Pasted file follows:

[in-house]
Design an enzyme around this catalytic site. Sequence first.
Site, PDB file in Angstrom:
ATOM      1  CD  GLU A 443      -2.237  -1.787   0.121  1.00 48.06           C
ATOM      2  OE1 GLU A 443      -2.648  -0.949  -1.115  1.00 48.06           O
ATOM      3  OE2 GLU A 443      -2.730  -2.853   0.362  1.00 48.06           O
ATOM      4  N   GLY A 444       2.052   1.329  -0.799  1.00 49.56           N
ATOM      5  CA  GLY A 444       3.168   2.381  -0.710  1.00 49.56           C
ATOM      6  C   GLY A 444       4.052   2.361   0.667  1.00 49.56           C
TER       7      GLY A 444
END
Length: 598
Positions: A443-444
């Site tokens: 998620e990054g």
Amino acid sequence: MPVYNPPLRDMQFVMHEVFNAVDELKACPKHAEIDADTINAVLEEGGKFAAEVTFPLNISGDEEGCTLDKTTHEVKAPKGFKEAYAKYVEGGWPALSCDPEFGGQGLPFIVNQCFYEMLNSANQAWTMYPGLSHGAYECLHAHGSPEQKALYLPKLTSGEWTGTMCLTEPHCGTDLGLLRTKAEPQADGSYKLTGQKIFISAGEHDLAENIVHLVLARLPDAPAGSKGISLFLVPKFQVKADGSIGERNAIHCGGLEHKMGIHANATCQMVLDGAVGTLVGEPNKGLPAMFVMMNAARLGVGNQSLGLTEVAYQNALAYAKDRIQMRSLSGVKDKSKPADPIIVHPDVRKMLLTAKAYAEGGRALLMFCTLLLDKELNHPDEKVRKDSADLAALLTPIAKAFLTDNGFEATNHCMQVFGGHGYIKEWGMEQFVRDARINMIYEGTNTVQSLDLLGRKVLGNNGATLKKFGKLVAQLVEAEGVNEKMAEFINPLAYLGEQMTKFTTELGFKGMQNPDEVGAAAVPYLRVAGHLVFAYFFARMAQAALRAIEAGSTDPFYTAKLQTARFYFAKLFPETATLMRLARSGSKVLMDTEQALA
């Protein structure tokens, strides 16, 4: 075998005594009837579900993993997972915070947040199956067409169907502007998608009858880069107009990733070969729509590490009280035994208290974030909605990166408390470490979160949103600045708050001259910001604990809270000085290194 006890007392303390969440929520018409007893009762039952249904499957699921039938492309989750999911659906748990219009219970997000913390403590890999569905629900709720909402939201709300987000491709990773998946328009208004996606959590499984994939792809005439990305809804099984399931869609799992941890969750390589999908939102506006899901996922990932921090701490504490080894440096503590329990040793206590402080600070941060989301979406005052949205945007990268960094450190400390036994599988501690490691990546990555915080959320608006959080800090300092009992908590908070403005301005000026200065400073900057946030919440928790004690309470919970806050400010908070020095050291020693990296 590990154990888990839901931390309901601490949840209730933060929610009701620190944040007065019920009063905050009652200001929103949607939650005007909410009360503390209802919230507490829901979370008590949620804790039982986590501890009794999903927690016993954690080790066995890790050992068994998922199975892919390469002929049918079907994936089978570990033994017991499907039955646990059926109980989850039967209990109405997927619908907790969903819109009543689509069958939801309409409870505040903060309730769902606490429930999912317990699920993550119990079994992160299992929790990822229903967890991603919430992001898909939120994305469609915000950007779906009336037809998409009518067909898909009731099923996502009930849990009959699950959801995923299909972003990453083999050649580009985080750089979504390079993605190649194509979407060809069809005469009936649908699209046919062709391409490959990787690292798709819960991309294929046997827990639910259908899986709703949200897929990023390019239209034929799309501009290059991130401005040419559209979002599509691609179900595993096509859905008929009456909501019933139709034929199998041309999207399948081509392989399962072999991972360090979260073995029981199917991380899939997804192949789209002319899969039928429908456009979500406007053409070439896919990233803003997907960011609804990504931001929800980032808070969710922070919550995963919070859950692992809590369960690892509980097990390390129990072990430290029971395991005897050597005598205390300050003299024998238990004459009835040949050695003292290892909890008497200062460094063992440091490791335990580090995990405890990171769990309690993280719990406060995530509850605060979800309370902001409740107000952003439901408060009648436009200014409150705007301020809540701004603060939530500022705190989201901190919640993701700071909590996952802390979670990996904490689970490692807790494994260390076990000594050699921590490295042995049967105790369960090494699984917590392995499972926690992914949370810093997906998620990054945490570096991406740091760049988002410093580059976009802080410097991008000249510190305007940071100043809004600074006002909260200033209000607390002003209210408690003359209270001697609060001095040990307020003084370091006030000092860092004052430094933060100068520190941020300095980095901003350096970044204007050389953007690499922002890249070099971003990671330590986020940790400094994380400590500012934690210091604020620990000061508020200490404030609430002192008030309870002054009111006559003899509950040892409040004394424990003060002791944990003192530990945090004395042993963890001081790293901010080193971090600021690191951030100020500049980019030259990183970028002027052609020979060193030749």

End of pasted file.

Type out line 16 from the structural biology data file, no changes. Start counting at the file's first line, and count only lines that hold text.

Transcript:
């Protein structure tokens, strides 16, 4: 075998005594009837579900993993997972915070947040199956067409169907502007998608009858880069107009990733070969729509590490009280035994208290974030909605990166408390470490979160949103600045708050001259910001604990809270000085290194 006890007392303390969440929520018409007893009762039952249904499957699921039938492309989750999911659906748990219009219970997000913390403590890999569905629900709720909402939201709300987000491709990773998946328009208004996606959590499984994939792809005439990305809804099984399931869609799992941890969750390589999908939102506006899901996922990932921090701490504490080894440096503590329990040793206590402080600070941060989301979406005052949205945007990268960094450190400390036994599988501690490691990546990555915080959320608006959080800090300092009992908590908070403005301005000026200065400073900057946030919440928790004690309470919970806050400010908070020095050291020693990296 590990154990888990839901931390309901601490949840209730933060929610009701620190944040007065019920009063905050009652200001929103949607939650005007909410009360503390209802919230507490829901979370008590949620804790039982986590501890009794999903927690016993954690080790066995890790050992068994998922199975892919390469002929049918079907994936089978570990033994017991499907039955646990059926109980989850039967209990109405997927619908907790969903819109009543689509069958939801309409409870505040903060309730769902606490429930999912317990699920993550119990079994992160299992929790990822229903967890991603919430992001898909939120994305469609915000950007779906009336037809998409009518067909898909009731099923996502009930849990009959699950959801995923299909972003990453083999050649580009985080750089979504390079993605190649194509979407060809069809005469009936649908699209046919062709391409490959990787690292798709819960991309294929046997827990639910259908899986709703949200897929990023390019239209034929799309501009290059991130401005040419559209979002599509691609179900595993096509859905008929009456909501019933139709034929199998041309999207399948081509392989399962072999991972360090979260073995029981199917991380899939997804192949789209002319899969039928429908456009979500406007053409070439896919990233803003997907960011609804990504931001929800980032808070969710922070919550995963919070859950692992809590369960690892509980097990390390129990072990430290029971395991005897050597005598205390300050003299024998238990004459009835040949050695003292290892909890008497200062460094063992440091490791335990580090995990405890990171769990309690993280719990406060995530509850605060979800309370902001409740107000952003439901408060009648436009200014409150705007301020809540701004603060939530500022705190989201901190919640993701700071909590996952802390979670990996904490689970490692807790494994260390076990000594050699921590490295042995049967105790369960090494699984917590392995499972926690992914949370810093997906998620990054945490570096991406740091760049988002410093580059976009802080410097991008000249510190305007940071100043809004600074006002909260200033209000607390002003209210408690003359209270001697609060001095040990307020003084370091006030000092860092004052430094933060100068520190941020300095980095901003350096970044204007050389953007690499922002890249070099971003990671330590986020940790400094994380400590500012934690210091604020620990000061508020200490404030609430002192008030309870002054009111006559003899509950040892409040004394424990003060002791944990003192530990945090004395042993963890001081790293901010080193971090600021690191951030100020500049980019030259990183970028002027052609020979060193030749």